“It’s clear that people who have experienced IPV are very likely to have a brain injury as a result of that, but it’s not like in a sports concussion situation where it happens at a sporting event, there are lots of witnesses and you can very quickly do an assessment and determine that a concussion has taken place,” says Paul.
“In the IPV population quite often it’s months to years before they seek help and so the injuries tend to be remote in time and tend to interact with some of the comorbidities.
“It’s really important to disentangle all of those factors and get a good sense of how much of the challenges they are currently facing are due to the head impacts they have received as a result of their experience.”
The information will then be used to develop tools and training resources for frontline staff and services who come directly into contact with survivors of IPV, to help them provide more effective support.
Frontline workers will also be trained in how to spot the signs and symptoms that someone is suffering from a brain injury, to help them flag up vulnerable women.
Women who may come across as “difficult”, suffer from behavioural issues, memory loss, or struggle to complete basic tasks that would allow them to move forward into a life free from abuse, are actually most likely displaying symptoms of an undiagnosed brain injury.
“For gender-based violence research, this is so critical as it is not something that we have ever taken into account before,” says Karen.
“For those of us who work in the industry, it’s going to play a huge role in creating new support systems when we’re trying to help women be healthy and better.
“If you’re coming to this without any previous knowledge that perhaps there are other factors at play such as a brain injury, your level of empathy and patience, and ability to support that woman is severely diminished.
“We should be approaching every woman we serve based on an understanding that she probably has suffered at least one, if not more, brain injuries.”
This could be as simple as making small adjustments such as interviewing a client in a calming, dimly lit, environment away from other activity, as opposed to a brightly lit, noisy room.
“A simple step like that is very specifically directed at supporting someone who has a brain injury, and is something that frontline workers and shelters could be doing right now,” says Karen.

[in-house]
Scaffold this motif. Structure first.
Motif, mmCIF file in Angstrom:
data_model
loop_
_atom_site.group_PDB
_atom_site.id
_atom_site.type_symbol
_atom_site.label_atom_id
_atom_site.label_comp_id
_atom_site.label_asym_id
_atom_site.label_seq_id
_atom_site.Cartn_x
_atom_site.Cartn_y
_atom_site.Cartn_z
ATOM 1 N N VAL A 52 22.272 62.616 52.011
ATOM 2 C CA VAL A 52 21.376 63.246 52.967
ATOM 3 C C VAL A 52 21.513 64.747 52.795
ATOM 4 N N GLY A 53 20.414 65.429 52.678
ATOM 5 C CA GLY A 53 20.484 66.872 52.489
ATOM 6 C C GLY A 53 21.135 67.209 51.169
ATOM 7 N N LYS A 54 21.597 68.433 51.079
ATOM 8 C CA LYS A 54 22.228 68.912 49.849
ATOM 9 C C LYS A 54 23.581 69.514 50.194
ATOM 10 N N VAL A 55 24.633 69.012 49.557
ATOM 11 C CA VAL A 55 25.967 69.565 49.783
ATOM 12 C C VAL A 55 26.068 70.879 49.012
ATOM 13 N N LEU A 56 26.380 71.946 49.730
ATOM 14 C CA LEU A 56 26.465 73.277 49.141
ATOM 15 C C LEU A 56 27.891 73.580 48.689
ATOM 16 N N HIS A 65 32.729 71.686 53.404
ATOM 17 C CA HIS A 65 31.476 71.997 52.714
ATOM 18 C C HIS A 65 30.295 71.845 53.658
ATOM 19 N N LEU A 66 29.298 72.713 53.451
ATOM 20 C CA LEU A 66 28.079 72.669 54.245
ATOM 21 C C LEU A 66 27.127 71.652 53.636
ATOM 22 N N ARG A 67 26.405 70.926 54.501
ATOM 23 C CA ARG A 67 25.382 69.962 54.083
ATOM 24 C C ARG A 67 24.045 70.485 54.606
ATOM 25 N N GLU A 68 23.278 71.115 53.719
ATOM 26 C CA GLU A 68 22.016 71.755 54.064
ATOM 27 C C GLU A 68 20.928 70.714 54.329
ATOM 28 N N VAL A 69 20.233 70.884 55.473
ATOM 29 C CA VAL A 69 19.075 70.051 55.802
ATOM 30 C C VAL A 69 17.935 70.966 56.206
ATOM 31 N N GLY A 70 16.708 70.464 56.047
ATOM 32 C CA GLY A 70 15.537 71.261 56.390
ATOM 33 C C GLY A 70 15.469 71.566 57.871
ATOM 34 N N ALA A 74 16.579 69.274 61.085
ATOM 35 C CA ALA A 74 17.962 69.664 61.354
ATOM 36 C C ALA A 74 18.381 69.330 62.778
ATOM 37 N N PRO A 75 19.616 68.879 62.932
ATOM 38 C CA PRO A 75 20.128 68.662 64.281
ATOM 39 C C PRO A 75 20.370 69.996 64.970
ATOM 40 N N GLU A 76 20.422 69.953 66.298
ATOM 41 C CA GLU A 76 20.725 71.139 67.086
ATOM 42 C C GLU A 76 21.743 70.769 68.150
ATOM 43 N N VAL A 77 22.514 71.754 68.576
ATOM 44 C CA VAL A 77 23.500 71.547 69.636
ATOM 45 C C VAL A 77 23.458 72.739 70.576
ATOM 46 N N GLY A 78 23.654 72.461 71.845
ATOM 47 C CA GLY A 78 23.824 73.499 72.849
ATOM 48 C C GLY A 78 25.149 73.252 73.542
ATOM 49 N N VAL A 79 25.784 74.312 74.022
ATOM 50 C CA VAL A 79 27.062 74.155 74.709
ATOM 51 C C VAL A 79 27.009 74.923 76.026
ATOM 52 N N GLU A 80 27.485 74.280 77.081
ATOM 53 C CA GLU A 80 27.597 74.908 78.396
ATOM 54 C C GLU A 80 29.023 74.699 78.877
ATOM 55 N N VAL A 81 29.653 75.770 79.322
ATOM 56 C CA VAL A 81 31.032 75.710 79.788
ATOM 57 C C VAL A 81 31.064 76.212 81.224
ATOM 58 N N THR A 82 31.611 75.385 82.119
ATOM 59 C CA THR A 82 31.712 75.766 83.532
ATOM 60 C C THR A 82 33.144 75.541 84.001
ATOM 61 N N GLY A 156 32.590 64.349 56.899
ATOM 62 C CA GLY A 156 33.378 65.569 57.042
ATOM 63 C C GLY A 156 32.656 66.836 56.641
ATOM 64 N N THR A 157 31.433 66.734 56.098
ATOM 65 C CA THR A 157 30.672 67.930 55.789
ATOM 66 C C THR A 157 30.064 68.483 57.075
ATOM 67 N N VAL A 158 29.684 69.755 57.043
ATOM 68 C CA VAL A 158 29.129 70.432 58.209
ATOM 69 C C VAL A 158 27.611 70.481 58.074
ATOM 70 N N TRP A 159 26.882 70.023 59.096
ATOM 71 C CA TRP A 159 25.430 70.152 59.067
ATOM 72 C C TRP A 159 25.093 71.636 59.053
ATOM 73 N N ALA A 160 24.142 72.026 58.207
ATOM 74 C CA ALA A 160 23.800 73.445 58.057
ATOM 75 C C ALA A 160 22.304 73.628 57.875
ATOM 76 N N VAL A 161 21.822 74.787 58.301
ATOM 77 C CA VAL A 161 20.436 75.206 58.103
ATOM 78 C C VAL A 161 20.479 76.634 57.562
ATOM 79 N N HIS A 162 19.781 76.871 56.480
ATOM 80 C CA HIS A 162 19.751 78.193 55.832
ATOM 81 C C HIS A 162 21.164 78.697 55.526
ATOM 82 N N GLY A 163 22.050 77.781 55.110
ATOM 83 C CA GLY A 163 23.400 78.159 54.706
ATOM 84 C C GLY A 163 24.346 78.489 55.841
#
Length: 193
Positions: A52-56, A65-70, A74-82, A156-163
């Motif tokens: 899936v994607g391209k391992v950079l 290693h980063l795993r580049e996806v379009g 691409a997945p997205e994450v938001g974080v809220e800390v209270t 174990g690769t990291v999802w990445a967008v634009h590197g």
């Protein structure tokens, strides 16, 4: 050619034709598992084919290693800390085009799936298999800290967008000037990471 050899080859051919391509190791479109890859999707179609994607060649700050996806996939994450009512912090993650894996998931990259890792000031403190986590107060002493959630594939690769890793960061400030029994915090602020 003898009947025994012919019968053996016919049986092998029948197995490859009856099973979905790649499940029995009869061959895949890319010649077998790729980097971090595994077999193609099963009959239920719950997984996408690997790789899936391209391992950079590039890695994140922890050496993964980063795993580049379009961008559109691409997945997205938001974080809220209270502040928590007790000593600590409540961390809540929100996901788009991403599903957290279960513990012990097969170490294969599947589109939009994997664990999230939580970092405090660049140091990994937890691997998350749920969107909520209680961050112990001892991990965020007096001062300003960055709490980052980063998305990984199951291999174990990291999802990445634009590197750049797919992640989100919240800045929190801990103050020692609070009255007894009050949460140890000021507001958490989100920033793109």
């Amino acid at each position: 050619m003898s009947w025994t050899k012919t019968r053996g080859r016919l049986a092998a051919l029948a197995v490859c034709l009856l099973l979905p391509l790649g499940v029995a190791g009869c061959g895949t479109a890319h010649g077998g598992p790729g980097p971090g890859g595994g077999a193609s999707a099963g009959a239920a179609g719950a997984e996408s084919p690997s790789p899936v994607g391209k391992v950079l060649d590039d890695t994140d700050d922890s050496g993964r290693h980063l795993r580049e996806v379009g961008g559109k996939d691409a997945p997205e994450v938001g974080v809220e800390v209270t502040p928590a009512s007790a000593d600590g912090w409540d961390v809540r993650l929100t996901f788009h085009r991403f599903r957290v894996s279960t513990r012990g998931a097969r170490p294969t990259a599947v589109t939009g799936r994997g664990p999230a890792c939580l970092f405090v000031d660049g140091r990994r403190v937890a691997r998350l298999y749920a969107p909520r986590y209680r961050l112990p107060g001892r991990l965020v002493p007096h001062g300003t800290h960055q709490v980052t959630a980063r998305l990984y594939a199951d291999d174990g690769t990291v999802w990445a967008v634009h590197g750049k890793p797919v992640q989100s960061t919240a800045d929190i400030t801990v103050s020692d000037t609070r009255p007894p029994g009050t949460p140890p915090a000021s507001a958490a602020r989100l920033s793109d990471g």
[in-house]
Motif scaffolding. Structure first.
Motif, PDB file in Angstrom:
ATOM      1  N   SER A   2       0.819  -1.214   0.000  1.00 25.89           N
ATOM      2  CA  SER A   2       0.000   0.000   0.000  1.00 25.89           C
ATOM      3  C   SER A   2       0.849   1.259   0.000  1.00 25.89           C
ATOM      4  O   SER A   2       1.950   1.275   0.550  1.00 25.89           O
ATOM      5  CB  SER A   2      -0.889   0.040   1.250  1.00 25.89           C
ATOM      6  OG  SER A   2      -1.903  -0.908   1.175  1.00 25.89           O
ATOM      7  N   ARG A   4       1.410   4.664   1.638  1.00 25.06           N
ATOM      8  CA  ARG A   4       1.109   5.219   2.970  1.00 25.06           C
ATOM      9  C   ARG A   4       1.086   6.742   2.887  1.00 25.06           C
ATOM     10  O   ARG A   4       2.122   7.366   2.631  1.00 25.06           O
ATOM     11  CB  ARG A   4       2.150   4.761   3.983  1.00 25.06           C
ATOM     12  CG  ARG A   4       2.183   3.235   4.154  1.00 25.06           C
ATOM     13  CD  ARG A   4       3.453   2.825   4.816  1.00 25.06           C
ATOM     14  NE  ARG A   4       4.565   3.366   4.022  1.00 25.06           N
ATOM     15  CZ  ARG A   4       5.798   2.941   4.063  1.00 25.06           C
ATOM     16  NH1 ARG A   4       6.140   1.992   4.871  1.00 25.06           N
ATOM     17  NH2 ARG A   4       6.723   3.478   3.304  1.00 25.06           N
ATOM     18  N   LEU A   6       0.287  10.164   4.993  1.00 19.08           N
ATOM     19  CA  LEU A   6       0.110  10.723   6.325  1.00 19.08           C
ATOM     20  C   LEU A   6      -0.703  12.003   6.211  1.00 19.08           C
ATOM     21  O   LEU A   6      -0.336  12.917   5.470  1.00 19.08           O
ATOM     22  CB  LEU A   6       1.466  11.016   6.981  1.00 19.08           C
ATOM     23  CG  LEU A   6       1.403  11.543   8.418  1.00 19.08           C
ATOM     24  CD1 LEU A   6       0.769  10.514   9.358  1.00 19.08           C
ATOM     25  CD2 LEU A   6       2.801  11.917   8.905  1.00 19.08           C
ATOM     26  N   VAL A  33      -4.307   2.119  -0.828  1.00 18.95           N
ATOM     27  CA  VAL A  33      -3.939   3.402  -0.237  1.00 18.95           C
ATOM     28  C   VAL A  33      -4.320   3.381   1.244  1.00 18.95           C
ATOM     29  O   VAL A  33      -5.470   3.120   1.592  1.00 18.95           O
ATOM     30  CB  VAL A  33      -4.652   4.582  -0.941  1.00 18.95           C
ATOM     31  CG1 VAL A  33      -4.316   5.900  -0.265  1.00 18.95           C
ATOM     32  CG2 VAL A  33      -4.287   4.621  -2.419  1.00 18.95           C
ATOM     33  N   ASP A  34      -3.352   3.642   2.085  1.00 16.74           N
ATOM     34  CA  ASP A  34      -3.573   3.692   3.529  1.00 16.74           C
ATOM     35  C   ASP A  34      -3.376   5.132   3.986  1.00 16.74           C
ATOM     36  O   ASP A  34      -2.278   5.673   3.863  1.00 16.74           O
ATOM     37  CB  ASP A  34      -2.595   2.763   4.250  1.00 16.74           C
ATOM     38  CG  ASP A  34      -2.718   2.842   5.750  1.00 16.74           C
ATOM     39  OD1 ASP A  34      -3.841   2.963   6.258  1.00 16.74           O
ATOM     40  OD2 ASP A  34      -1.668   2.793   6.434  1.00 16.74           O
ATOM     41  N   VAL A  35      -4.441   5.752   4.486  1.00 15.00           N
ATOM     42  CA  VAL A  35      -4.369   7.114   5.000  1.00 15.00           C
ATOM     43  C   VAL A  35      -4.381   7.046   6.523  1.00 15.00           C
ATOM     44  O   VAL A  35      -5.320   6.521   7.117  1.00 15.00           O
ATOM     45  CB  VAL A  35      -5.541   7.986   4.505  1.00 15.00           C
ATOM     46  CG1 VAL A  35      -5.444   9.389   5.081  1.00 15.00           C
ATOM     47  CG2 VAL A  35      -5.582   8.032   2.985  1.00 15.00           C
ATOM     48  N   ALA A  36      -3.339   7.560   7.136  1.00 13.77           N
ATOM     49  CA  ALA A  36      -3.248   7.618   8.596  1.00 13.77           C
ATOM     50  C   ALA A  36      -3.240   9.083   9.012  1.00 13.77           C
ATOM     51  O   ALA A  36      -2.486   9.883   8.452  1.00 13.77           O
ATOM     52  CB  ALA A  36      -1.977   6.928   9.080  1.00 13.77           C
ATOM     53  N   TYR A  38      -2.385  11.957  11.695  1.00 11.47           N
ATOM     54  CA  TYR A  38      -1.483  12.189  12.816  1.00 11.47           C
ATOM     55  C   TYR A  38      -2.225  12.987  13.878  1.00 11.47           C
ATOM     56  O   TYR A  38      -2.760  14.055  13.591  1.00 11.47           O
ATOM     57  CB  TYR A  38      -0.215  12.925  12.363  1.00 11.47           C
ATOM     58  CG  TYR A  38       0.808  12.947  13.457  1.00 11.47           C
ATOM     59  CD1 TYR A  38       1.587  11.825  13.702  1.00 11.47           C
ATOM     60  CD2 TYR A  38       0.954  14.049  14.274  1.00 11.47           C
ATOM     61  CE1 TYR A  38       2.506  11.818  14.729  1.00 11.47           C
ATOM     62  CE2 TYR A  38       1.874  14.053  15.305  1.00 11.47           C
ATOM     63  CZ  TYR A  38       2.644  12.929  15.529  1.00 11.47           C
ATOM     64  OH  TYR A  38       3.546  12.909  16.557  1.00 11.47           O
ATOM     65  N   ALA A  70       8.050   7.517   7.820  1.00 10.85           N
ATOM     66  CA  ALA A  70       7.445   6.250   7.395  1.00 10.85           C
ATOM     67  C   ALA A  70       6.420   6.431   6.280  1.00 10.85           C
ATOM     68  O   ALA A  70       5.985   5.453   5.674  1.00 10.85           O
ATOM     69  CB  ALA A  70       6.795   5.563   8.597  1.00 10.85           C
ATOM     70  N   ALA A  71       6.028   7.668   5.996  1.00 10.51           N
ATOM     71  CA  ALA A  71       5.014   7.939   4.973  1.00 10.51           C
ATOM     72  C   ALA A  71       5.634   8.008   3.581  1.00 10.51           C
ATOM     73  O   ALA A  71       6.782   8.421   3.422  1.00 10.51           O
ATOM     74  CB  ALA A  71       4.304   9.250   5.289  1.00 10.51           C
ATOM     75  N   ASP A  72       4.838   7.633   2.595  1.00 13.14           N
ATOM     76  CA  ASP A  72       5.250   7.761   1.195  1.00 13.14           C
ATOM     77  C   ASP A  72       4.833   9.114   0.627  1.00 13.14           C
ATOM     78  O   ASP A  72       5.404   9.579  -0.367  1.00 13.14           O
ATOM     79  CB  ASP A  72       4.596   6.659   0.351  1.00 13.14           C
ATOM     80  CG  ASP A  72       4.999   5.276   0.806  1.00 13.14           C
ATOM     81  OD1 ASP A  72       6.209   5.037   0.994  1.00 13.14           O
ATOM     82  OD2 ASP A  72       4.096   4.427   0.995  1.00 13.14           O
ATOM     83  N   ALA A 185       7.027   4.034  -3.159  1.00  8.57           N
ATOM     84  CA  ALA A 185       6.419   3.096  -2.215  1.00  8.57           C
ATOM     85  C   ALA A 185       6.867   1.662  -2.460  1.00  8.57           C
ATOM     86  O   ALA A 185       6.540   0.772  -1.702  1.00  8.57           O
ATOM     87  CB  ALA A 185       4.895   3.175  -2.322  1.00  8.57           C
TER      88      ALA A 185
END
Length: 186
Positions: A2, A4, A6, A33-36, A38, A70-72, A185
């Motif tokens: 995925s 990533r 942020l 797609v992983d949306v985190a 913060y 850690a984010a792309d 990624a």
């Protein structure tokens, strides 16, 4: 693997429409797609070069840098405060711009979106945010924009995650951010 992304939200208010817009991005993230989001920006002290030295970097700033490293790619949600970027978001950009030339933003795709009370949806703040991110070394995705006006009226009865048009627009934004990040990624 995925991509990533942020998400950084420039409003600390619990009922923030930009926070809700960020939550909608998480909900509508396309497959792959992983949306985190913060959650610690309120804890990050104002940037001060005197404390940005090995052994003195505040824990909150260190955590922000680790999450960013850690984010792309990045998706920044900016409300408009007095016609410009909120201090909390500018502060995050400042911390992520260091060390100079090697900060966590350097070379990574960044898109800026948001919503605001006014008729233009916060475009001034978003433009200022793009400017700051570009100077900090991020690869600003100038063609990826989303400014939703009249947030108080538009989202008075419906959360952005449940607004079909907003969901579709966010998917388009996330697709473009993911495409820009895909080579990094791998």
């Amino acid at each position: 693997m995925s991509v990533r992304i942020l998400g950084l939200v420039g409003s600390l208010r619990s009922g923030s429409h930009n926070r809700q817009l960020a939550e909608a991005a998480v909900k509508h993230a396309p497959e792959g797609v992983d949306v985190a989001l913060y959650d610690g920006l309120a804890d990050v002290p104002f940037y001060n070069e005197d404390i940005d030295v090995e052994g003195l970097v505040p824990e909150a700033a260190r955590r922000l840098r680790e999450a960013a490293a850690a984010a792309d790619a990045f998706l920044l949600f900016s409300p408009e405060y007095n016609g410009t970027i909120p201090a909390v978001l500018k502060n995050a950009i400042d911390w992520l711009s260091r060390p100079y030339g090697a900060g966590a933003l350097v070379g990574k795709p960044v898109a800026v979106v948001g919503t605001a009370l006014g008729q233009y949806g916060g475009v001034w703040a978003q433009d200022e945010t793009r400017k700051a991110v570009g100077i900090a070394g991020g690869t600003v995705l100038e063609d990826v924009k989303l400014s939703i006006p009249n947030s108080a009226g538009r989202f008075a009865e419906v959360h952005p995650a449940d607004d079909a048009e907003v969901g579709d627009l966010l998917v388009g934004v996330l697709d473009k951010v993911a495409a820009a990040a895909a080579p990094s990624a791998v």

Their long-term goal is to create a community-based support referral network, bringing various support systems together, from medical care to occupational therapy and speech pathology, so that survivors who may have sustained a brain injury have access to a wealth of support on hand.
Paul is also developing a Concussion Awareness Training Tool (CATT), a web-based utility, originally designed for use in sports concussion.
It has proved hugely successful for educating and increasing awareness of concussion and TBI in the sports industry, and it is hoped it can do the same for those working with survivors of IPV.
“The idea is to create a new module of the CATT online, specifically for those working in the IPV sector, with the goal of increasing awareness of TBI in the population and then disseminating that as widely as possible,” he says.
“We hope to have that up and running and in place by next year.”
In the meantime, SOAR is already beginning to see results on the ground, with Kelowna Women’s Shelter leading the way.
“It’s the thing that is in mind for staff whenever they do an intake with a new client, or whenever they are dealing with a particularly challenging client,” says Karen.
“Five years ago that wasn’t the case, so we’re definitely seeing change.
“I know other shelters are now thinking about brain injury and I’ve had executive directors from other shelters tell me that it has changed the way they approach their clients.”
But it’s the survivors of IPV themselves who have seen most of the impact.
The fact that someone wants to listen and acknowledge their experience has given them a sense of empowerment.
“For women experiencing IPV this is their normal,” Karen explains.
“It might be normal to wake up and be dizzy because of the physical fight they had with their partner last night, or forget things all the time and he tells her she is just stupid.
“She internalises all those messages and it might never cross her mind that she actually has a physical condition that is a direct result of how her partner treats her.
“We’ve had women go through this process and almost have a sense of empowerment at the end, because they feel like they have a label for this, that it’s not their fault, and maybe there are things that can be done to help them.”
And ultimately, that is what the project is all about.
“The reality is, women make up more than half the population, and at least a third of them, statistically, will be in this situation.
“Many, if not most of them, will see some sort of impact to the head and possibly a brain injury,” says Karen.
“Brain injury can be a hidden injury and IPV is also often an invisible problem.
“In 2019, we’re still dealing with some of that shame and stigma, it’s still an issue that many people prefer to pretend doesn’t happen.”
Paul and Karen are not those people.
They are committed to increasing research into the impact of concussion beyond what might be seen in athletes, says Paul: “We know helping them achieve a healthy life, free from abuse, is good for all of us.”
It’s a good job then, that they both swiped right.